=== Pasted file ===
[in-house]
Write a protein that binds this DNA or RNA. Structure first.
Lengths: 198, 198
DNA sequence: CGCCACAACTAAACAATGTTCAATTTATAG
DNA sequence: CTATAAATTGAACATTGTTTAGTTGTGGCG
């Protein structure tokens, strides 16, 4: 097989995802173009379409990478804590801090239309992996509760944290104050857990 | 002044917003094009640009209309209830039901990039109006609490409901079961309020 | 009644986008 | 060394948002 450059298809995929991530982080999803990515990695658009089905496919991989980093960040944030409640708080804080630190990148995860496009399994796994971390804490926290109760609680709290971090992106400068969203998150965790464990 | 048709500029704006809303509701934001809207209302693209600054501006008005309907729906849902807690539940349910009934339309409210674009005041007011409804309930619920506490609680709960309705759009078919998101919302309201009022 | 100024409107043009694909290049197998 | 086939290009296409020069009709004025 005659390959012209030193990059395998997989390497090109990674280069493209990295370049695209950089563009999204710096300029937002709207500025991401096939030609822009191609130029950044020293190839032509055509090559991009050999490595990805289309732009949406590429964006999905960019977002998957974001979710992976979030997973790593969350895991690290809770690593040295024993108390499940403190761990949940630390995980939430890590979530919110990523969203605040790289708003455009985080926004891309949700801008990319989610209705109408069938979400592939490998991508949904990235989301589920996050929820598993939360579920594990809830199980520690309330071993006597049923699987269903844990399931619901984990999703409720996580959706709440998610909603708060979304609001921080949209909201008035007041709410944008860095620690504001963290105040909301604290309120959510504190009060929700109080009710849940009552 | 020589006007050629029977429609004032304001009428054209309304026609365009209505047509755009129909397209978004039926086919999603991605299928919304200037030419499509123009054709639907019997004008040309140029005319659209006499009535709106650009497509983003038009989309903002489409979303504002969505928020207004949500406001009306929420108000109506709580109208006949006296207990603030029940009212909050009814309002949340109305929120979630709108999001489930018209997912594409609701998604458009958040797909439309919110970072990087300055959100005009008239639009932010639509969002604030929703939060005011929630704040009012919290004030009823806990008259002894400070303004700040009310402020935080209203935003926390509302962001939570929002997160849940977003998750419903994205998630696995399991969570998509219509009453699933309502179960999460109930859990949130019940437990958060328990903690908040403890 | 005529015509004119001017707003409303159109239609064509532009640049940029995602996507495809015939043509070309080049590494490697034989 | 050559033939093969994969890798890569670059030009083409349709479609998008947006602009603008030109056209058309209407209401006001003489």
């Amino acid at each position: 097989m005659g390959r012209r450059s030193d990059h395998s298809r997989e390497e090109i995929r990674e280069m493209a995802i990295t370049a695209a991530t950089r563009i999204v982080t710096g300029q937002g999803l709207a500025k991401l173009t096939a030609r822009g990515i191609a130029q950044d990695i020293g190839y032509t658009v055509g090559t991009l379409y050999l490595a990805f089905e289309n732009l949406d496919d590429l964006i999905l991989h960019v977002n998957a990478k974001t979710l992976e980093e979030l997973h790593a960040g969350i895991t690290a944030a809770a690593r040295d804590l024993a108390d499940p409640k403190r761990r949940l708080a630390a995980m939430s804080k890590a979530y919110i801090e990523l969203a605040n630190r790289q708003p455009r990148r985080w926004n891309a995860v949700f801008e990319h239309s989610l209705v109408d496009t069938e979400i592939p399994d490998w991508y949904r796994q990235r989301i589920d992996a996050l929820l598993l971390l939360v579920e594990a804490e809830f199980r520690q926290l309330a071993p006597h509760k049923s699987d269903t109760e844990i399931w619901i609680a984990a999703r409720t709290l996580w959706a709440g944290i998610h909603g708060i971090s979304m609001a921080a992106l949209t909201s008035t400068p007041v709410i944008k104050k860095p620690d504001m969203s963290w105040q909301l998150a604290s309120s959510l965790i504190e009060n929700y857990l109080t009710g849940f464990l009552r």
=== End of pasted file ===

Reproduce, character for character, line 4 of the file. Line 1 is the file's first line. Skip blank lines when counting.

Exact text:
DNA sequence: CGCCACAACTAAACAATGTTCAATTTATAG